EU: Tighter Border Controls Implemented in the Schengen Zone

In light of the migrant crisis, tighter border controls are being implemented between Schengen states. Travellers within the Schengen zone should be advised that from now on they may face delays at border crossings due to passport control and should therefore ensure that they carry all required documentation such as passport, Schengen visa or residence permit if applicable whenever travelling between Schengen countries.

Dutch migration minister, Klaas Dijkhoff, said the member states would ask the European Commission for permission to extend border controls from May 2016 onwards and the suspension of the free movement treaty between countries in the Schengen zone  is expected to last at least two years.  

Currently, border controls have already been reintroduced on borders between several EU member states in an attempt to manage the number of migrants entering countries  including; Sweden, Denmark, Germany, Austria, Hungary, Slovenia and Croatia (Effectively the main route for refugees to reach Northern Europe). However, under the current agreement these border controls can only be held in place on a temporary basis for up to six months. Approval of the use of article 26 of the Schengen agreement will allow those controls to be extended for up to two years.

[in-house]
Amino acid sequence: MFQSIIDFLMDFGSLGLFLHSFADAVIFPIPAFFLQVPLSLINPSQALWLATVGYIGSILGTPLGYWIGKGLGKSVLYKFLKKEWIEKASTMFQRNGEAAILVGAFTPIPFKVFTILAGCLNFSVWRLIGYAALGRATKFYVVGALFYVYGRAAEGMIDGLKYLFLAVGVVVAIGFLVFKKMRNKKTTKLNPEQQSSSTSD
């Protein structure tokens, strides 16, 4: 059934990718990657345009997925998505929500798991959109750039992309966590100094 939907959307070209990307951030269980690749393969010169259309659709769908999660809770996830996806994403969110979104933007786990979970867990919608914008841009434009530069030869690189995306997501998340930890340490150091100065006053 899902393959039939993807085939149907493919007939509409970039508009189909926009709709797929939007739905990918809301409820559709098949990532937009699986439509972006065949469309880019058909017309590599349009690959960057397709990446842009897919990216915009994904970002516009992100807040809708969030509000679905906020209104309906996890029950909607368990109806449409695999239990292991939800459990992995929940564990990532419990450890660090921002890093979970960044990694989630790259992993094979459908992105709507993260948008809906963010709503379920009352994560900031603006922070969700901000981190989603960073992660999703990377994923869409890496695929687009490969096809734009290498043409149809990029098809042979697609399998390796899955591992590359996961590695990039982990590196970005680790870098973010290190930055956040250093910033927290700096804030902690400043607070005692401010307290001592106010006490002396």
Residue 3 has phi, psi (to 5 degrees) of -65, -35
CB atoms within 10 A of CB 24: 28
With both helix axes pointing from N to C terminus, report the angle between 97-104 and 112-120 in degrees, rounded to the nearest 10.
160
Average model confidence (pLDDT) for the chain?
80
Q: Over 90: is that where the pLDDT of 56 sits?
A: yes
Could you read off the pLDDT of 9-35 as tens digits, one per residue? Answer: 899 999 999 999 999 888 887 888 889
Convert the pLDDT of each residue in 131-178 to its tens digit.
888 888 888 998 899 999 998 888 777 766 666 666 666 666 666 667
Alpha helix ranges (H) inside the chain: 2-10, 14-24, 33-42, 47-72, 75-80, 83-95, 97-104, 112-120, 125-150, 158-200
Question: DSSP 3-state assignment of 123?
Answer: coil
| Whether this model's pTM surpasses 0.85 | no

EU Ministers have urged that the proposal for extension of the initial 6 months be approved. EU Migration Commissioner Dimitris Avramopoulos stated that unless such measures were approved, they would be “running out of time” to save the 30-year-old Schengen zone. However other commentators have stated that the reverse is true. One EU official told The Times: “If border controls were allowed to remain for two years, it is difficult to see that they would ever be removed.”

Furthermore, Brussels is debating whether to exclude Greece from the Schengen agreement completely, due to  their poor record on registering refugees and for allowing large numbers to enter neighbouring Schengen/EU countries. If Greece”s failures are found to be a “persistent serious deficiency” they could find themselves locked out of the Schengen Zone.

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